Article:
Poland

 
Poland

News of COVID-19 vaccines has become one of the main subjects in today's world. At the end of December 2020 the Polish government introduced a national programme of non-obligatory vaccination. Polish citizens have the opportunity to be vaccinated in four consecutive groups based on the criteria of age and exposure to the virus. 

Can employers insist an employee is vaccinated?

The Polish government did not decide to make the vaccine compulsory which means that each person has a right to decide if he or she wants to be vaccinated. The vaccine is currently and with probability verging on certainty, will stay non-compulsory. Many employers look forward to the vaccination of their employees which will result not only in their own safety but also the safety of their work colleagues. 

It needs to be clearly underlined that lack of legislation regarding compulsory vaccination means there is no possibility of forcing an employee to take the vaccine. If there is no act specifying the obligation to take vaccination then an employer cannot force it on an employee nor take any actions against an employee who refuses to be vaccinated. Furthermore, there is no clear legal basis to obtain information from the employee whether the employee has been vaccinated or not. The only thing which an employer can do is to promote the idea of vaccination in the workplace and encourage employees to get vaccinated.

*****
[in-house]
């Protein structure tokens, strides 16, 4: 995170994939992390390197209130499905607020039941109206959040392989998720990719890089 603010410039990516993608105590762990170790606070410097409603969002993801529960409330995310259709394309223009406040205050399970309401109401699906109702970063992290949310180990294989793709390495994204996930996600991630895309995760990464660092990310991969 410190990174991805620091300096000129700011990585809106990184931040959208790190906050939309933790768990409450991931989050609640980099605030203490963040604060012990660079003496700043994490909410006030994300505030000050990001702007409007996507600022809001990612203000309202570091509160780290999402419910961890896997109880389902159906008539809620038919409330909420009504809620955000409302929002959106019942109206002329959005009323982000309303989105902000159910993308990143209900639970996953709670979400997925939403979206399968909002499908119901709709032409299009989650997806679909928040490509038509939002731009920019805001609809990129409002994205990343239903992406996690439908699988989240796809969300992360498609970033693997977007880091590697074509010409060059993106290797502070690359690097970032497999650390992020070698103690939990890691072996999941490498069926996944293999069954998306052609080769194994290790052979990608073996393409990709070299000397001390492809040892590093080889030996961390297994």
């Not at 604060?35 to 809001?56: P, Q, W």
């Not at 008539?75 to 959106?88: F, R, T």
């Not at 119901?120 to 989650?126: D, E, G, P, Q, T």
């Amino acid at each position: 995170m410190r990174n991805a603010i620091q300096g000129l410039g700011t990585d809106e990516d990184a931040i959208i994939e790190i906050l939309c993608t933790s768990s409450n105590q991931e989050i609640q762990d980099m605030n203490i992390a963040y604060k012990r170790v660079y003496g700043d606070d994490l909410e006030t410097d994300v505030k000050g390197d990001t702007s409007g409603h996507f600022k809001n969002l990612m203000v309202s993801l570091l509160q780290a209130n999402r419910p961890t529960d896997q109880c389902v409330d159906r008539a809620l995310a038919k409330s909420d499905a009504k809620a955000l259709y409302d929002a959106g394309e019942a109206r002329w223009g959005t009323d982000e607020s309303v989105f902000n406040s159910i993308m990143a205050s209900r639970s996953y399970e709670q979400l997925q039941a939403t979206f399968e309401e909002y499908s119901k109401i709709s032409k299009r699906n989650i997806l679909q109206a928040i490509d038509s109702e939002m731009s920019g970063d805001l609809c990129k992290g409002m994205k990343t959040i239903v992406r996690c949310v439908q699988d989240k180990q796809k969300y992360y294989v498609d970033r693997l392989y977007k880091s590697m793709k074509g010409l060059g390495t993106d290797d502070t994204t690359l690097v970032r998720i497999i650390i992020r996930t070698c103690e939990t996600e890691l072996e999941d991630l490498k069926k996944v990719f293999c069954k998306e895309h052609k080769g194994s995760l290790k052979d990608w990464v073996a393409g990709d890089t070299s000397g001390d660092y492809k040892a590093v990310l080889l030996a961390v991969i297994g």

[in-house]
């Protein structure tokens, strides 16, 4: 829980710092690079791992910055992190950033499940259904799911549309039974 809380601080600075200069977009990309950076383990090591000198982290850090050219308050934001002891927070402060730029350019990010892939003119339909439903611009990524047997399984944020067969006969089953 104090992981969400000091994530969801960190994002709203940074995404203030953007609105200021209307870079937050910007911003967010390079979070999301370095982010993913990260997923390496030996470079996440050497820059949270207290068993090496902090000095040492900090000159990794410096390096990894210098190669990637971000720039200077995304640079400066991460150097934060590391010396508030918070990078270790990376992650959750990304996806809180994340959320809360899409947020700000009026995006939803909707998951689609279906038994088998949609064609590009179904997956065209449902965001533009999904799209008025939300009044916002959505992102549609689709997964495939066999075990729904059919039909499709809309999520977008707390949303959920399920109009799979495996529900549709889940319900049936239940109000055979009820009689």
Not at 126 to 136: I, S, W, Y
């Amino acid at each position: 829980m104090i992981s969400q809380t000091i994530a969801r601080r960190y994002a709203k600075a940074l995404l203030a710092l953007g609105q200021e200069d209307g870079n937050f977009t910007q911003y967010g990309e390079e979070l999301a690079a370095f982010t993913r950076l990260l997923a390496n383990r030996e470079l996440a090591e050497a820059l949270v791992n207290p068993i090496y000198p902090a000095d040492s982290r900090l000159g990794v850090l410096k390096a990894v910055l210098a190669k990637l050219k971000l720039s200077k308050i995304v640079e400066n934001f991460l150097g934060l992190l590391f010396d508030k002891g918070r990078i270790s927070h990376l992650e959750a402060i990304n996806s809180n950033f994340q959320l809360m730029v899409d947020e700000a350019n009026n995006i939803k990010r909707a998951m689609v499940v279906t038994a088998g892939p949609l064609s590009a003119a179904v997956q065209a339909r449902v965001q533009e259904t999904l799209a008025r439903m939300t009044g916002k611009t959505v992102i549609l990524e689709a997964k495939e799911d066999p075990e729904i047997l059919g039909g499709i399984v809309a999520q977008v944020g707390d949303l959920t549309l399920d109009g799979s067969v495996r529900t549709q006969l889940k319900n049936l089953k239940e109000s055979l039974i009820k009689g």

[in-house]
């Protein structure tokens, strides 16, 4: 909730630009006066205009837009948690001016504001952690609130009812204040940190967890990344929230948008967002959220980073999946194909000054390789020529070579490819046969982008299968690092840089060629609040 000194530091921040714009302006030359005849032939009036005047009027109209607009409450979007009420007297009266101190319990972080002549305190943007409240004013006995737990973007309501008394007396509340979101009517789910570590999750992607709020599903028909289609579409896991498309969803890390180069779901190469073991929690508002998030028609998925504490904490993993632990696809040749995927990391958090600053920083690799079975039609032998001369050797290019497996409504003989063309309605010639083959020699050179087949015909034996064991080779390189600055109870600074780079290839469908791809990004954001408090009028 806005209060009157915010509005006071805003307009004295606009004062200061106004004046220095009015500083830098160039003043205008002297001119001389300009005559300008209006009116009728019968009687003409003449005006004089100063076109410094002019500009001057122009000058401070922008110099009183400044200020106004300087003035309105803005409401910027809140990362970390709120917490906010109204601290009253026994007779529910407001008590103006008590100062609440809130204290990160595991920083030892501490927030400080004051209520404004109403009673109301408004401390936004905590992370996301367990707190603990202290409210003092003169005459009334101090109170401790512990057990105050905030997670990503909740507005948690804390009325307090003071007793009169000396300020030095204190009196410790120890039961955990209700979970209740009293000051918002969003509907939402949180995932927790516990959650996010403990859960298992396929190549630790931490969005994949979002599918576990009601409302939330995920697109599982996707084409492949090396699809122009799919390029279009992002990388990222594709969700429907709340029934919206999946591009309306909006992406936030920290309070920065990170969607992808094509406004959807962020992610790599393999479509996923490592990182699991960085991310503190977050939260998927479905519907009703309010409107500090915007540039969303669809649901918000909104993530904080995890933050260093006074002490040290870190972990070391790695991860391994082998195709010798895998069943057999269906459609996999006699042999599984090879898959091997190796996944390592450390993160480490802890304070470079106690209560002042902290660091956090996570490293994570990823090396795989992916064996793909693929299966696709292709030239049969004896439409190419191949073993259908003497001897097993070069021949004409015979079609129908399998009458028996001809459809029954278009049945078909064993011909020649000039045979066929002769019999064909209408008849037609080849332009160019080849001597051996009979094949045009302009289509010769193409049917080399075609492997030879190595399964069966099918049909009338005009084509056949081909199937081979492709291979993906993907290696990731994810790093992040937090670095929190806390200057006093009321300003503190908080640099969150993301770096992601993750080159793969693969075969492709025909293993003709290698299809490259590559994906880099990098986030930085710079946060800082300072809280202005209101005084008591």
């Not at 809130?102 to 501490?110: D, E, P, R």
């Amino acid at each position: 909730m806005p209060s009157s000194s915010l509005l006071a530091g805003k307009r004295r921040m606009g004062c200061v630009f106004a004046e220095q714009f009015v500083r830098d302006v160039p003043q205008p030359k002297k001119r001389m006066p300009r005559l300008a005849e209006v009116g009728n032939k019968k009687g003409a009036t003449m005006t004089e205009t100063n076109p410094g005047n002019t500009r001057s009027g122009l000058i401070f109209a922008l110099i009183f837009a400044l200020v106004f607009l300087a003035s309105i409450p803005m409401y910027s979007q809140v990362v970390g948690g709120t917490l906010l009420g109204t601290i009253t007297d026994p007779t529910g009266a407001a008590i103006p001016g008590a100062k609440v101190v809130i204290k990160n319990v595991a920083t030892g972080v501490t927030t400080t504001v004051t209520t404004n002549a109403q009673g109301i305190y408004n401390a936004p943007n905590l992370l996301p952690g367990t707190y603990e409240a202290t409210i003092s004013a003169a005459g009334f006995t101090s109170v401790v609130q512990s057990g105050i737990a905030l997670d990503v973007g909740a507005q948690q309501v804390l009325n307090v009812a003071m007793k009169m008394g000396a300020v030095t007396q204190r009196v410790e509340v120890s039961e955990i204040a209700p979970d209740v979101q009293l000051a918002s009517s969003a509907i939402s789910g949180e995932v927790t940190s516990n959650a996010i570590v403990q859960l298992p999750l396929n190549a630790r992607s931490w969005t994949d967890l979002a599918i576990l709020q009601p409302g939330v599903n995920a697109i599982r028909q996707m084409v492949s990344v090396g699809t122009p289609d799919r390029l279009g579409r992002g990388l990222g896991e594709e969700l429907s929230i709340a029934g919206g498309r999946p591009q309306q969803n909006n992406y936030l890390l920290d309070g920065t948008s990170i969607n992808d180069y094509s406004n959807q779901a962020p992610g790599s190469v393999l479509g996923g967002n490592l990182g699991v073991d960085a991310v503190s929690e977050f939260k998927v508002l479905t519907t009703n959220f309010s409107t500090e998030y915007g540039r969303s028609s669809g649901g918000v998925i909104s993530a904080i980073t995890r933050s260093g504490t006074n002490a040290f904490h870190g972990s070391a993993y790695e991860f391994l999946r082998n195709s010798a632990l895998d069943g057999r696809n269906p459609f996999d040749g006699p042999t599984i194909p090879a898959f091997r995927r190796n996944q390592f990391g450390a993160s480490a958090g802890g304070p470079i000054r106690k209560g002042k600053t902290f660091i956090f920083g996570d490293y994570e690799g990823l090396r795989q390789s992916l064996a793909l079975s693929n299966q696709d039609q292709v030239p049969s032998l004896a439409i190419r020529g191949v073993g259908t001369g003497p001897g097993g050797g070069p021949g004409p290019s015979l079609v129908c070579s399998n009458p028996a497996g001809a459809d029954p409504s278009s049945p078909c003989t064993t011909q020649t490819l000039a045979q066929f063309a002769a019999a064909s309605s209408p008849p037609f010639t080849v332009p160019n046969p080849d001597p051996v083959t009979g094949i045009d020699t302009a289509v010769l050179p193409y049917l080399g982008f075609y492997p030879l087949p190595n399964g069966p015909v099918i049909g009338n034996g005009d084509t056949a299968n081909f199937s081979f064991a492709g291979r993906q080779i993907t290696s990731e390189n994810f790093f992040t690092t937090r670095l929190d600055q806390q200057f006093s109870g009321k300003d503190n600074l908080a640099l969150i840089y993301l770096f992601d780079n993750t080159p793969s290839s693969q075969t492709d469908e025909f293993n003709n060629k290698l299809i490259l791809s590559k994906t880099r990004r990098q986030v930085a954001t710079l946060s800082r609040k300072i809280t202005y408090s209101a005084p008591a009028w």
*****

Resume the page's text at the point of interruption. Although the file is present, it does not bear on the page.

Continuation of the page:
What discrimination issues might arise?

The issue of employers making the vaccination obligatory may lead to many problems regarding the discrimination aspects. Some employees may have reasons not to take the vaccination and their decision must be respected by the employer.

Introduction of such an obligation in the workplace may result in various types of discrimination, of both direct and indirect character:
  • Disability discrimination - employees who suffer from specific types of illnesses may have no possibility of being vaccinated since the vaccination will not be suitable for them due to their medical condition (for example employees with severe allergies). 
  • Age discrimination – given the fact that the process of vaccination is divided into periods in which people of certain age can be vaccinated, the obligation to be vaccinated may result in age based discrimination. 
  • Religion or belief discrimination - certain employees may refuse to take vaccination because of their beliefs. Pursuant to the provisions of the Labour Code an employer cannot take any actions which will result in religion or belief discrimination.

Employers should take into consideration the above issues and bear in mind that taking any legal actions against employees who refuse the vaccine may lead to discrimination claims.

What steps should employers be taking?

Employers may encourage employees to be vaccinated. It can be executed through information, awareness-raising campaigns about the benefits of vaccination and the risks of exposure to the virus for those who do not get vaccinated. The above actions may result in an increasing number of employees who will change their mind about being vaccinated. In addition to that, employers can support employees in obtaining access to the vaccine, if possible.